Reach out to us to discuss strategic business social media and communication planning at info@wrightoncomm.com.

Is the Influencer Influential? How to Find and Vet Influencer Marketing Partners

By Chloe Janda — Communications Coordinator 

Finding the right influencers for your brand is like finding a needle in a haystack. It’s doable, but it takes a lot of time and effort. Except today’s social media haystack is more of a field… the size of Russia.

New influencers popup every day, and some aren’t even cognizant individuals. I’m not just talking about bots, catfishes, and dogs; I’m talking babies with blue checkmarks. Have you seen DJ Khaled’s son Asahd who recently released a Kid’s Foot Locker collection with Jordan’s?! Or Bretman Rock’s niece Cleo Mae who does nothing but be really cute and has a promotion inquiry email in her bio?!?! What. Is. Happening.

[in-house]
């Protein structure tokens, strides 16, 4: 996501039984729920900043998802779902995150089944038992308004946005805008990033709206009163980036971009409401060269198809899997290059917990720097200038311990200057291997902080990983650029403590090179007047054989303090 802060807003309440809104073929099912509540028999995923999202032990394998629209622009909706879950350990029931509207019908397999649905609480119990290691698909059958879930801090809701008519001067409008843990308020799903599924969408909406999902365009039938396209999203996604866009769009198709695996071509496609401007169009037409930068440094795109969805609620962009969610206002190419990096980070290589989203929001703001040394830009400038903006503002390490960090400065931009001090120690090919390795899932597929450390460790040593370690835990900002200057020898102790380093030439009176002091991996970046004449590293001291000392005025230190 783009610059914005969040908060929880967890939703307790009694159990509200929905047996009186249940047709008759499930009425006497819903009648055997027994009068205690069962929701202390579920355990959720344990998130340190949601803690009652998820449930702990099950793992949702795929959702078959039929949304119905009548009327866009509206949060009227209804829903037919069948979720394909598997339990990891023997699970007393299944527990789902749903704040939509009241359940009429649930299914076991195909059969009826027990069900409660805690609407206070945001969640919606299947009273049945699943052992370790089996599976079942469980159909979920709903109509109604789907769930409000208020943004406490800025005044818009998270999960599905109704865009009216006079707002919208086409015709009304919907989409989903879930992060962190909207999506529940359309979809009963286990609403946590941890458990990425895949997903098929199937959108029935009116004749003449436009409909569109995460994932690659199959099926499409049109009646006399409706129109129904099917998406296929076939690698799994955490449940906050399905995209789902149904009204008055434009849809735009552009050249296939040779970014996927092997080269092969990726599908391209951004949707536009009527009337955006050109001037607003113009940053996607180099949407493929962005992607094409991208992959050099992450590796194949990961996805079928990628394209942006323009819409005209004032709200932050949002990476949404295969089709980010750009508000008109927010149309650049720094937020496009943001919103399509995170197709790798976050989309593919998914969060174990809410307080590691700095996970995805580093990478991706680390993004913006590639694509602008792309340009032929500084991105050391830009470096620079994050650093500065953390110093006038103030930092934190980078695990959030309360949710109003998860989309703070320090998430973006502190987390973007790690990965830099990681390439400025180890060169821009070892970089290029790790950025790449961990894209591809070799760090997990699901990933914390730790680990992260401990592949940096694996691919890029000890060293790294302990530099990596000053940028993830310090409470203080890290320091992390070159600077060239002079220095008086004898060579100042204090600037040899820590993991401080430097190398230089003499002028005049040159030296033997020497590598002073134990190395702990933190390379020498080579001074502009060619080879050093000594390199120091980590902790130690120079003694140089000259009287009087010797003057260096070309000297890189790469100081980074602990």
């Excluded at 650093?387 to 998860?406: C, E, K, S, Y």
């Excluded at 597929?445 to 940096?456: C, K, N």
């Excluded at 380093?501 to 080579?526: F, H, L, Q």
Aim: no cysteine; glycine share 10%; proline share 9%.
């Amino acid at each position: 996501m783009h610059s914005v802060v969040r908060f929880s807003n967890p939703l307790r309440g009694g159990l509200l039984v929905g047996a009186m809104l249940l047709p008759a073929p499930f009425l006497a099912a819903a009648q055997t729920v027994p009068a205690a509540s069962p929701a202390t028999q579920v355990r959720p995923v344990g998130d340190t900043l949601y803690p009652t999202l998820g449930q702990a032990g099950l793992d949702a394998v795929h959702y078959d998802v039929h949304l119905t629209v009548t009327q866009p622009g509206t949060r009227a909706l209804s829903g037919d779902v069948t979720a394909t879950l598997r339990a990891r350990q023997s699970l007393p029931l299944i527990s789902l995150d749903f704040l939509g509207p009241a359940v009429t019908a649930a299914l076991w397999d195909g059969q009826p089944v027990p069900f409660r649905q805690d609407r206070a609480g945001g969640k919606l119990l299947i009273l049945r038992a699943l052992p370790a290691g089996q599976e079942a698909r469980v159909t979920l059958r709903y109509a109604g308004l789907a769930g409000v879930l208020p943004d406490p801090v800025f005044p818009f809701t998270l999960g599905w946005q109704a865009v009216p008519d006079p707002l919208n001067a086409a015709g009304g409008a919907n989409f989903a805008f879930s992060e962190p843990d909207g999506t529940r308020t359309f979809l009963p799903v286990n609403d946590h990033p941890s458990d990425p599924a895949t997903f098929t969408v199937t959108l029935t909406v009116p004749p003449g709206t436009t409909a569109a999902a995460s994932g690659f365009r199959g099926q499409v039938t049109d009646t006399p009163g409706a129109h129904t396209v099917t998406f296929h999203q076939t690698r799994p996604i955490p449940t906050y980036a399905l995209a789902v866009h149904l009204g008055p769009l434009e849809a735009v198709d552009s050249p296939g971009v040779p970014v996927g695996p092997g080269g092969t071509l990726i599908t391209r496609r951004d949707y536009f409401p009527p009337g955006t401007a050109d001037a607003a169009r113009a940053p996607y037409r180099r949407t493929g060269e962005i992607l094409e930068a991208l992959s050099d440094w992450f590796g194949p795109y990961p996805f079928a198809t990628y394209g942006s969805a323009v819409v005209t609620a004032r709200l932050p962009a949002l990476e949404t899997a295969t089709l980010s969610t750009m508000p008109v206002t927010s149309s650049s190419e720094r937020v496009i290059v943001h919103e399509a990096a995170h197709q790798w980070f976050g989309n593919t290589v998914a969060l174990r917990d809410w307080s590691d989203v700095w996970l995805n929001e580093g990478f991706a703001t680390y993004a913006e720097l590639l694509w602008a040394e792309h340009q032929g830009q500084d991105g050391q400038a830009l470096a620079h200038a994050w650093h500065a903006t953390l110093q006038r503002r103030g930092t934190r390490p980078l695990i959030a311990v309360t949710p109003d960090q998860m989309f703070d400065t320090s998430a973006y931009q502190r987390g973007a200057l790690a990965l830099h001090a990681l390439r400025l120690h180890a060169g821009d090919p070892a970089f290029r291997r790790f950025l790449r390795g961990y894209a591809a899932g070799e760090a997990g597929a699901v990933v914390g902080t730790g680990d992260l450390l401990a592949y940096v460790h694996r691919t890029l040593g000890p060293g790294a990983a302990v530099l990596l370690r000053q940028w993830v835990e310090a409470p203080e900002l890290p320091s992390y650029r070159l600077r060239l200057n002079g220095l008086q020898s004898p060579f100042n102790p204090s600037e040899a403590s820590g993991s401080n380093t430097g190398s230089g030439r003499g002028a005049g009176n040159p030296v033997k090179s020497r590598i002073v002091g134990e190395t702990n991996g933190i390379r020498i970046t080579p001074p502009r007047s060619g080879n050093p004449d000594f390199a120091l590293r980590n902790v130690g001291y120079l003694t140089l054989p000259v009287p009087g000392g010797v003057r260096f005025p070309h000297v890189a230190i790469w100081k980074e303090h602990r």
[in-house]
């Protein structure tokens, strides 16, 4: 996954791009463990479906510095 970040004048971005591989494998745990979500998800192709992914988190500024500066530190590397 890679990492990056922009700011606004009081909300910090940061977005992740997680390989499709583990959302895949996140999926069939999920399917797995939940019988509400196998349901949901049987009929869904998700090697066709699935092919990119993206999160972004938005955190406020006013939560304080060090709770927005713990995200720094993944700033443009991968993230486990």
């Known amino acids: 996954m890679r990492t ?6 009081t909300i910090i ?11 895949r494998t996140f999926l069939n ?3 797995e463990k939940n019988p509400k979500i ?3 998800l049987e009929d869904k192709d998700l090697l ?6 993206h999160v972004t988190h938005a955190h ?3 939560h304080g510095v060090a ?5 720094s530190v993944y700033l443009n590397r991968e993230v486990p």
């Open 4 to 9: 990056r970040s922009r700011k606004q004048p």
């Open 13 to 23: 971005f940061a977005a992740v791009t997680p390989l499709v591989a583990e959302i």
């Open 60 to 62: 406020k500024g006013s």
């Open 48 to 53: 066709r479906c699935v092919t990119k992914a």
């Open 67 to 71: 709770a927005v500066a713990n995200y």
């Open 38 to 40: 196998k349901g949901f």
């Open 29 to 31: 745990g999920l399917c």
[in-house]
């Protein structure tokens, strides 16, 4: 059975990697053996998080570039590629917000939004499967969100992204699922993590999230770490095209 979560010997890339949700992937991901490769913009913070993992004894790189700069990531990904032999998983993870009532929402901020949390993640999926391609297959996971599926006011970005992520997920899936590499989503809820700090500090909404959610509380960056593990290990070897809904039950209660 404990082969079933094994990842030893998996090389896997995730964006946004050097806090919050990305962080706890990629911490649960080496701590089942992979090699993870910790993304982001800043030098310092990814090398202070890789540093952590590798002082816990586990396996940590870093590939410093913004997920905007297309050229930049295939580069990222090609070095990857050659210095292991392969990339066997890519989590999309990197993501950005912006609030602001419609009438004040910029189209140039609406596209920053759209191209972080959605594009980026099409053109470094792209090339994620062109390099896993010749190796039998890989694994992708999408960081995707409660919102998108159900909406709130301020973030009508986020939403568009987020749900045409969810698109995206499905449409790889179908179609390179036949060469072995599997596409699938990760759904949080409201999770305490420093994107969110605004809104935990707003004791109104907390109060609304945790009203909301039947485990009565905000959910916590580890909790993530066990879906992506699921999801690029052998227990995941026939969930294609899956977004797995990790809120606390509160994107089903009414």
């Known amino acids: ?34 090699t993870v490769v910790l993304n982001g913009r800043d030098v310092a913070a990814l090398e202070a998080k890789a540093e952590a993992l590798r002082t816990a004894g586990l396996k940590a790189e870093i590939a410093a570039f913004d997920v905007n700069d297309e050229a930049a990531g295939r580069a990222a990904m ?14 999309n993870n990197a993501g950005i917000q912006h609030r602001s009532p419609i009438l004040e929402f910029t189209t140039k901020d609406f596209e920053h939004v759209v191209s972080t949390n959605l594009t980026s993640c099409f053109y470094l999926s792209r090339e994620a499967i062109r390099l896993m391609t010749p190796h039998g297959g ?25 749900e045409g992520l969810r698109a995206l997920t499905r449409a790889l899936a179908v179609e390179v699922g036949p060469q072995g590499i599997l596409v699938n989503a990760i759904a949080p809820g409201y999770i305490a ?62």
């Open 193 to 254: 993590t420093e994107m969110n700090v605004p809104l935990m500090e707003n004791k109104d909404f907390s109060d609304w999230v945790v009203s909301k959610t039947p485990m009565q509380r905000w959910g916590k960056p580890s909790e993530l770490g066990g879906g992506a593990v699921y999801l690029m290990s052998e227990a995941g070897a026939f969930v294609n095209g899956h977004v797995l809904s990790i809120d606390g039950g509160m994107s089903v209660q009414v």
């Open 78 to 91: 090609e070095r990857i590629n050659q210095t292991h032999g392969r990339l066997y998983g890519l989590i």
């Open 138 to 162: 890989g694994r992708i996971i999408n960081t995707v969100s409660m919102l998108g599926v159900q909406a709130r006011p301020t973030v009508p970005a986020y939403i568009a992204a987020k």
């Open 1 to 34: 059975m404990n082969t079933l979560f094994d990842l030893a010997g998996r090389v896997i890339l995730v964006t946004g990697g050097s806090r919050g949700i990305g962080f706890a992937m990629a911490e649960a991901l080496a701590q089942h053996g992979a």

Okay, rant over.

Let’s get to the juice, how do we muddle through the real accounts with influence and avoid the #FakeViews AND find someone who will not only increase your brand reach but ultimately boost your conversions and sales.

As Communications professionals, finding the right partnership is an ever-evolving art where we factor in engagement, audience psychographics, influencer genre, whether partnership content can be both promotional and feel native, and how the partnership will reflect on our client’s brand. At (W)right On, we’ve got a few tools, tips and tricks to vet these internet mavens before ever recommending them to a client. Below are our six essential criteria when vetting an influencer.

1. Type of Reach – Is it the target audience for your brand?